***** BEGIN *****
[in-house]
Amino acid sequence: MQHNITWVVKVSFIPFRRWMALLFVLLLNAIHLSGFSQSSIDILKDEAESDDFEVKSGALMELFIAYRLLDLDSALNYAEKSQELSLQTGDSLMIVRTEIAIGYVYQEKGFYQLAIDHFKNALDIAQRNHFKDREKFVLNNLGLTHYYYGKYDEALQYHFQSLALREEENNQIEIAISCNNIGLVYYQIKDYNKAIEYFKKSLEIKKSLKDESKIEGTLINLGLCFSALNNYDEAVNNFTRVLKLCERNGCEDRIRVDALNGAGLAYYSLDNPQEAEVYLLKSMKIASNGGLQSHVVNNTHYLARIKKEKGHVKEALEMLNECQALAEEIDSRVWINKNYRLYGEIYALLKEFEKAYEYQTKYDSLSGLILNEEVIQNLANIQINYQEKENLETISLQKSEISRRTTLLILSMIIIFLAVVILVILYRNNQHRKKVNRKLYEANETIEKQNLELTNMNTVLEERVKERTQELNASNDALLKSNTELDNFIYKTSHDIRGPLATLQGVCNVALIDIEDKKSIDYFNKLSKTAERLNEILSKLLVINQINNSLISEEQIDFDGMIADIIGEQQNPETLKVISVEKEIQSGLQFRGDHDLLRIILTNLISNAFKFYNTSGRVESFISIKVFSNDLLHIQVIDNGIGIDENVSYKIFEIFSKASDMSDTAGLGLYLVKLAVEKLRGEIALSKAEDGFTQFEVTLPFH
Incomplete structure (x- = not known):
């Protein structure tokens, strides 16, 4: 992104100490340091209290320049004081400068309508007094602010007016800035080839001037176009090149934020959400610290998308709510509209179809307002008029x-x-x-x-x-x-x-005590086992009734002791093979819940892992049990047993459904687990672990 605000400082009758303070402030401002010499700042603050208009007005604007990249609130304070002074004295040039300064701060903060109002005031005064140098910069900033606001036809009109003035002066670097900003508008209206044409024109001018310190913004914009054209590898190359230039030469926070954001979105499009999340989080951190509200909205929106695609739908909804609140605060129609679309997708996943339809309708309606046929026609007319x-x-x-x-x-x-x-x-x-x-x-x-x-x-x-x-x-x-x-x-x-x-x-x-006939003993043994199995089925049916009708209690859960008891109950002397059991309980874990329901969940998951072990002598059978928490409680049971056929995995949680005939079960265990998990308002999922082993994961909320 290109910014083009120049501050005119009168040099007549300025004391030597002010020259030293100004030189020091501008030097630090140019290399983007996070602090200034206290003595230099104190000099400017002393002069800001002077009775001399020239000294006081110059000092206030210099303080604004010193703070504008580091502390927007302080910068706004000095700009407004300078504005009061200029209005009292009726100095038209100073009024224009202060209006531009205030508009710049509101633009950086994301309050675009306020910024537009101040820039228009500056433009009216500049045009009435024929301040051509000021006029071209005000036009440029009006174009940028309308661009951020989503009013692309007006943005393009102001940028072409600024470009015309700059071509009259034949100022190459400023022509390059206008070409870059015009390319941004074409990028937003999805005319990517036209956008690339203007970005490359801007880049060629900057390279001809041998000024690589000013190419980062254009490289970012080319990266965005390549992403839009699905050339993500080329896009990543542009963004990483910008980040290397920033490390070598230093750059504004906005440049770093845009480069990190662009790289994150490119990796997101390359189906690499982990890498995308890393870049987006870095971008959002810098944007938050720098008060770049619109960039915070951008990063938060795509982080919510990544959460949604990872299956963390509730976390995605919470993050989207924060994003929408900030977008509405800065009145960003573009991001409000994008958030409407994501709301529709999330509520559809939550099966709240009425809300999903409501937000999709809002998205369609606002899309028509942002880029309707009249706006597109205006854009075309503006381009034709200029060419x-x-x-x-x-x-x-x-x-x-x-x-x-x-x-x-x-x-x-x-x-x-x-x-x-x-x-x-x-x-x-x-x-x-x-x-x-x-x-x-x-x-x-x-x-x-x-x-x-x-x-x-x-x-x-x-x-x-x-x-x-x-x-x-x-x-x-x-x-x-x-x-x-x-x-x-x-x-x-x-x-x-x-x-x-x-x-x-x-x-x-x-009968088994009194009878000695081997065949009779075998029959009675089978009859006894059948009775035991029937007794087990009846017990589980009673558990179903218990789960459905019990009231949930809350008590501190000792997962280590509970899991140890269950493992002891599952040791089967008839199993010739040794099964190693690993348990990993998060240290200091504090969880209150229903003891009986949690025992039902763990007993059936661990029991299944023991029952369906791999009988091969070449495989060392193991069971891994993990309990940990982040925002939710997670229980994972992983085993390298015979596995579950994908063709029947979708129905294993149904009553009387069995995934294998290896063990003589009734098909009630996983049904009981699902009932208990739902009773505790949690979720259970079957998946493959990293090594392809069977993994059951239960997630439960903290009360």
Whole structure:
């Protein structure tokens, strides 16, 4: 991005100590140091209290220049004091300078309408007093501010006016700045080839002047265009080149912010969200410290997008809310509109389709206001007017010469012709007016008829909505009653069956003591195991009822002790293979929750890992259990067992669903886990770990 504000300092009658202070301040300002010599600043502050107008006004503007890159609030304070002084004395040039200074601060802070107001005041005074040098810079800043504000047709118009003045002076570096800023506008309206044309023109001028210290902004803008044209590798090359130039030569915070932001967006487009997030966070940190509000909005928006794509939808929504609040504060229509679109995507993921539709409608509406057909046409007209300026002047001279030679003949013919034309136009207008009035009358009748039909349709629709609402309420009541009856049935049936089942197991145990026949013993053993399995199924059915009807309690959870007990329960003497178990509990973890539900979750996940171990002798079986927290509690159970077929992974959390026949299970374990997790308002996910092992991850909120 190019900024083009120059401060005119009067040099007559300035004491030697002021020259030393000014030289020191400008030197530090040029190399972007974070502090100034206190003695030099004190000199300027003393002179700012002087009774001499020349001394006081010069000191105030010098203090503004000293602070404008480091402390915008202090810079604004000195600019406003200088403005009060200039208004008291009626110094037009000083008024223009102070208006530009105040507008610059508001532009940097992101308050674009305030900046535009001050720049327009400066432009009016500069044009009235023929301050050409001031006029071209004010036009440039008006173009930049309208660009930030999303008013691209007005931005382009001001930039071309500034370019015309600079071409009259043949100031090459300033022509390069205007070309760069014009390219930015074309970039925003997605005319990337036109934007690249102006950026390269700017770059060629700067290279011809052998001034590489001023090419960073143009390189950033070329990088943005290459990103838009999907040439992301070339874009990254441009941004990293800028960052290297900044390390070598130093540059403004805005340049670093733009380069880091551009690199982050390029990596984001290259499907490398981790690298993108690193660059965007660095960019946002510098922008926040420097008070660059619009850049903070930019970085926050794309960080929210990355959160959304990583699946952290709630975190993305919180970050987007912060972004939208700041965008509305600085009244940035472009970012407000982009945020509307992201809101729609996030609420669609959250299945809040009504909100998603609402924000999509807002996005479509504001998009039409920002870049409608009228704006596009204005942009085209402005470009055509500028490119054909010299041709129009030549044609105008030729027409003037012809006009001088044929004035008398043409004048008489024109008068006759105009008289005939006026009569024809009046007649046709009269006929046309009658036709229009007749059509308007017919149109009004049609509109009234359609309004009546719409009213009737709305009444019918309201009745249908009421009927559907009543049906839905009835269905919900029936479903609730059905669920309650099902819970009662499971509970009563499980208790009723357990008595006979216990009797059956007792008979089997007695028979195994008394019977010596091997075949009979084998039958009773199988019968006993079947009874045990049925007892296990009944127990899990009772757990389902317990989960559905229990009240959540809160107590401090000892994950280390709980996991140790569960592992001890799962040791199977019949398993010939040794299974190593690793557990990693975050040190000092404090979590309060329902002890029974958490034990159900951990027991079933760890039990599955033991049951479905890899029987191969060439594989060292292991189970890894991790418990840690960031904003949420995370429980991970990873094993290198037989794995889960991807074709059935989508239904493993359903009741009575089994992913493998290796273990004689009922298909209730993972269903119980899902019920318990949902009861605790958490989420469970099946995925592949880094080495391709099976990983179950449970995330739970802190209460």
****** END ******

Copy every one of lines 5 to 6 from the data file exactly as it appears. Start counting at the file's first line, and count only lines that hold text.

Whole structure:
């Protein structure tokens, strides 16, 4: 991005100590140091209290220049004091300078309408007093501010006016700045080839002047265009080149912010969200410290997008809310509109389709206001007017010469012709007016008829909505009653069956003591195991009822002790293979929750890992259990067992669903886990770990 504000300092009658202070301040300002010599600043502050107008006004503007890159609030304070002084004395040039200074601060802070107001005041005074040098810079800043504000047709118009003045002076570096800023506008309206044309023109001028210290902004803008044209590798090359130039030569915070932001967006487009997030966070940190509000909005928006794509939808929504609040504060229509679109995507993921539709409608509406057909046409007209300026002047001279030679003949013919034309136009207008009035009358009748039909349709629709609402309420009541009856049935049936089942197991145990026949013993053993399995199924059915009807309690959870007990329960003497178990509990973890539900979750996940171990002798079986927290509690159970077929992974959390026949299970374990997790308002996910092992991850909120 190019900024083009120059401060005119009067040099007559300035004491030697002021020259030393000014030289020191400008030197530090040029190399972007974070502090100034206190003695030099004190000199300027003393002179700012002087009774001499020349001394006081010069000191105030010098203090503004000293602070404008480091402390915008202090810079604004000195600019406003200088403005009060200039208004008291009626110094037009000083008024223009102070208006530009105040507008610059508001532009940097992101308050674009305030900046535009001050720049327009400066432009009016500069044009009235023929301050050409001031006029071209004010036009440039008006173009930049309208660009930030999303008013691209007005931005382009001001930039071309500034370019015309600079071409009259043949100031090459300033022509390069205007070309760069014009390219930015074309970039925003997605005319990337036109934007690249102006950026390269700017770059060629700067290279011809052998001034590489001023090419960073143009390189950033070329990088943005290459990103838009999907040439992301070339874009990254441009941004990293800028960052290297900044390390070598130093540059403004805005340049670093733009380069880091551009690199982050390029990596984001290259499907490398981790690298993108690193660059965007660095960019946002510098922008926040420097008070660059619009850049903070930019970085926050794309960080929210990355959160959304990583699946952290709630975190993305919180970050987007912060972004939208700041965008509305600085009244940035472009970012407000982009945020509307992201809101729609996030609420669609959250299945809040009504909100998603609402924000999509807002996005479509504001998009039409920002870049409608009228704006596009204005942009085209402005470009055509500028490119054909010299041709129009030549044609105008030729027409003037012809006009001088044929004035008398043409004048008489024109008068006759105009008289005939006026009569024809009046007649046709009269006929046309009658036709229009007749059509308007017919149109009004049609509109009234359609309004009546719409009213009737709305009444019918309201009745249908009421009927559907009543049906839905009835269905919900029936479903609730059905669920309650099902819970009662499971509970009563499980208790009723357990008595006979216990009797059956007792008979089997007695028979195994008394019977010596091997075949009979084998039958009773199988019968006993079947009874045990049925007892296990009944127990899990009772757990389902317990989960559905229990009240959540809160107590401090000892994950280390709980996991140790569960592992001890799962040791199977019949398993010939040794299974190593690793557990990693975050040190000092404090979590309060329902002890029974958490034990159900951990027991079933760890039990599955033991049951479905890899029987191969060439594989060292292991189970890894991790418990840690960031904003949420995370429980991970990873094993290198037989794995889960991807074709059935989508239904493993359903009741009575089994992913493998290796273990004689009922298909209730993972269903119980899902019920318990949902009861605790958490989420469970099946995925592949880094080495391709099976990983179950449970995330739970802190209460």